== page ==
New license plates help save earth, increase vanity options

Note: This column appears in the 5/9 issue of the Peoria Times...and has nothing to do with sports

My wife purchased a new car a few weeks ago. A few days ago she received her Arizona license plate.

Let me first say that this is quite a big deal for someone relatively new to the area. In fact, my wife was rolling around with New Jersey plates (she had her car shipped) since we moved here. For us, much more so than our house or our jobs or our willingness to exist in 125-degree heat, an AZ license plate signified our commitment to living here. It said to the world, “For all you know, I am actually from Arizona. So BACK OFF!” Or something like that. This would officially make my wife a local. A townie, if you will. An Arizonan. A woman. You get the idea.

She opened the big envelope while we did drumrolls in our heads. And there it was.

“What the heck is this?” she asked.

It appeared as if someone had mistakenly sent my wife one of those fake license plates that you would find in a tourist shop. From afar, it looked as though the license plate contained the entire alphabet, and all of those letters were flat, not raised up like on traditional plates. Possibly we could hang this on the wall of our bedroom and wait for the real license plate to arrive.


But the plate came with what appeared to be official documentation -- “This is your license plate. Love, Arizona.” -- so we relented, and attached it to the back of her new vehicle. Still, I needed to find out what was going on.

I did some research. Turns out -- according to the Arizona Republic -- that the AZ Department of Transportation issued its final six-character plate back in January, plate No. 999-ZZZ. (Knowing the unprecedented penchant for vanity plates around here, I imagine this was a pure coincidence, and the driver was the president of a company that sells $9.99 sleeping pills.) Also, the letters are no longer raised up, but flat, in order to make the plates more environmentally safe by using less aluminum. Which is nice, although it does take away some of the pure joy of running your fingers along a brand spankin’ new license plate, ya’ know what I’m saying? No? Whatever.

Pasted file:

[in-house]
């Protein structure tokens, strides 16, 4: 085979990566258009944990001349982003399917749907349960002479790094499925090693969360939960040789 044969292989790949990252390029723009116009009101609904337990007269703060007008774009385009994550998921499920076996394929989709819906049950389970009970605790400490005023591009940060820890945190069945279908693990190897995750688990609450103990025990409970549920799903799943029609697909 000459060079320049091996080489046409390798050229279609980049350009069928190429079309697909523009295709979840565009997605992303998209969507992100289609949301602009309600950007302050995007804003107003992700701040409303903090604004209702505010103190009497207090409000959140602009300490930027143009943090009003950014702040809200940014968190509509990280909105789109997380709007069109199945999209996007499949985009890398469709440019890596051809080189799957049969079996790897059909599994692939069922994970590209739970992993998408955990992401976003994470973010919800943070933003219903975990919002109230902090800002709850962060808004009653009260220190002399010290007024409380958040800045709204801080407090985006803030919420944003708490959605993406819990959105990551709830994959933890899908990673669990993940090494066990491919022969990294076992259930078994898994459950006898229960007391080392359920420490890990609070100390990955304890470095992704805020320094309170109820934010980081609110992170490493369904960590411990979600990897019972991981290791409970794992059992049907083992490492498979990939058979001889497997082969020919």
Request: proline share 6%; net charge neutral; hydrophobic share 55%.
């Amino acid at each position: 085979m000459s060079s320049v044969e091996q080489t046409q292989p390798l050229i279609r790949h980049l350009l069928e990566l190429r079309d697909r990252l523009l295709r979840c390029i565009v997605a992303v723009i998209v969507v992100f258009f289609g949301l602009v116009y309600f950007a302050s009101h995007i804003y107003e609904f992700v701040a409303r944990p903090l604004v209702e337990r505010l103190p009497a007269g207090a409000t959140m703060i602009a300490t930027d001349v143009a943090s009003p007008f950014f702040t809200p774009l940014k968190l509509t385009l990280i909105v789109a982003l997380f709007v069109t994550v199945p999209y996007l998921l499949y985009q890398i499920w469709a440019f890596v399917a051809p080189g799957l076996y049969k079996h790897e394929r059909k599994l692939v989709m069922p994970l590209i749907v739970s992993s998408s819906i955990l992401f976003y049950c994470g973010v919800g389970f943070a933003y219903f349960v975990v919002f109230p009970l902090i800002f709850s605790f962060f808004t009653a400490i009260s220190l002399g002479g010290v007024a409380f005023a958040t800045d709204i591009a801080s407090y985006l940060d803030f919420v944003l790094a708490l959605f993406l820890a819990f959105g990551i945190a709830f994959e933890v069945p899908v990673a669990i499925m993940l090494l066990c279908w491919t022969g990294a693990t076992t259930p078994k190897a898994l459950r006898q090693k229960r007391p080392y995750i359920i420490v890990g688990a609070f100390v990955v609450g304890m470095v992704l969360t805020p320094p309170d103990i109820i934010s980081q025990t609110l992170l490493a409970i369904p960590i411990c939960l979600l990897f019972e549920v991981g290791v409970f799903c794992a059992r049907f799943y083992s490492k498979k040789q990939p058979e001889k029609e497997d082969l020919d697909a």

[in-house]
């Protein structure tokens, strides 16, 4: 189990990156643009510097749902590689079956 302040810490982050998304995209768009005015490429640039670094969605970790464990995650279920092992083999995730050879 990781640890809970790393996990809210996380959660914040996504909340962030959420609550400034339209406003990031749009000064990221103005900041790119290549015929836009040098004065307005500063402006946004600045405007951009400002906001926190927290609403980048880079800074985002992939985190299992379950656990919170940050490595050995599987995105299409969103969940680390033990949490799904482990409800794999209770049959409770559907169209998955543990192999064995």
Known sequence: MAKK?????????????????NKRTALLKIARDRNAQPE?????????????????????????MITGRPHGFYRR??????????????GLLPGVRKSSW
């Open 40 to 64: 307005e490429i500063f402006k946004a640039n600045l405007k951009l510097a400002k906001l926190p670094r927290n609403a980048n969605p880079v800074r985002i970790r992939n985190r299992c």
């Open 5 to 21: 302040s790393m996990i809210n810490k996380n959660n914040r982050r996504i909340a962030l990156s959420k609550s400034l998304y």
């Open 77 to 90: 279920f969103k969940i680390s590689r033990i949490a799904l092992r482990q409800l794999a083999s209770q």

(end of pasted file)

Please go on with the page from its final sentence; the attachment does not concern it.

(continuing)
It seemed appropriate to me that the state had basically run out of license plates because so many people are moving here. People like us. And sure, the new seven-character plates will make it harder to jot down the license plate of the pick-up truck that just cut you off without using a blinker and while going 40 mph over the speed limit only to slam on its brakes and narrowly miss causing a 10-car pileup, in which case you can ineffectively report it to the police. But hey -- the new plates are environmentally safer! And they’re still made by prisoners, which is the American way. (I think the “#1 Yankee fan NY” plate I have hanging above my desk at work was made in Taiwan. Pfffttt.)

So, mystery solved. Now my wife has her new Arizona license plate, and although she still feels like somewhat of an outsider being one of the 12 people on the road with what appears to be a fake plate, she’s happy to be helping the environment. Even better, now we’re both, on the surface (of our cars), locals. So with our next car purchase, we’ll feel comfortable telling our fellow drivers how we really feel. Which is to say: BACKOFF.

First AZ license plate -- not very environmentally safe; Vehicle, however, is a hybrid


CMB said…
Cool...congrats LA!